Just one year later, Charles Saatchi’s Sensation opened at the Royal Academy. The artists Compston had promoted, the same ones who’d participated in “A Fete Worse than Death,” became the YBAs, the Young British Artists phenomenon. Gentrification began to turn Shoreditch and the East End into the fashionable enclaves they are today. The world Compston helped create changed and moved on without him.
“A Fete Worse Than Death 2014” took place on July 19, noon–midnight, at the corner of Charlotte Road and Rivington Street. The exhibition continues at Red Gallery (1–3 Rivington Street, Hoxton, London) through July 31. A special evening reception will take place on July 30 to mark the day of the 20th anniversary of the original fete.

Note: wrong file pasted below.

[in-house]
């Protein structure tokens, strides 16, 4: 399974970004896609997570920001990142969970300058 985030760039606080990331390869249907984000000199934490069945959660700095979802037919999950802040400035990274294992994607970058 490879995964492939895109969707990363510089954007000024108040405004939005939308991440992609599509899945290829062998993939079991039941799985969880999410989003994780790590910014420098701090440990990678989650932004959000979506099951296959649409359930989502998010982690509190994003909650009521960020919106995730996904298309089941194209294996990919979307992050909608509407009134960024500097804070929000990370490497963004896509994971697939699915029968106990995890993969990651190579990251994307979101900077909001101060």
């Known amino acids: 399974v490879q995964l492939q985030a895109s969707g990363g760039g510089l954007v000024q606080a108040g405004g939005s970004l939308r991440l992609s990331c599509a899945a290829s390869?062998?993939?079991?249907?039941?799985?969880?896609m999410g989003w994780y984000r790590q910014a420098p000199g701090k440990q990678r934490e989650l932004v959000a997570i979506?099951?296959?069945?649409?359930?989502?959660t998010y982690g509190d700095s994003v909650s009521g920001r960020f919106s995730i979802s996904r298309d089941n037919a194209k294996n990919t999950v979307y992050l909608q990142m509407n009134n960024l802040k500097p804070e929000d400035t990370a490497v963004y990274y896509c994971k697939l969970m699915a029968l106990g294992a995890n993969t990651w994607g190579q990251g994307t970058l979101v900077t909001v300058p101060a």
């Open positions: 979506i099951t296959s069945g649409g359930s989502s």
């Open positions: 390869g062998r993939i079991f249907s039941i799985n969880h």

The Tweet comparing an ominous screen capture from the Tucker Carlson Show to one of Holzer’s Truisms is being sold as an NFT to benefit crucial organizations in the wake of the Supreme Court decision.
Rapper Maykel “Osorbo” Pérez was sentenced to nine years.
Shows at the Hudson Valley’s Hessel Museum of Art feature artists Dara Birnbaum and Martine Syms, as well as new scholarship on Black melancholia as an artistic and critical practice.
On the day of the Supreme Court’s decision to undo 50 years of constitutional rights to abortion, artist Elana Mann’s “protest rattles” feel especially poignant and urgent.
This week, Title IX celebrates 50 years, the trouble with pronouns, a writer’s hilarious response to plagiarism allegations, and much more.
PLEASE SEND TO REAL LIFE: Ray Johnson Photographs reveals the “career in photography” that occupied the artist in the last three years of his life.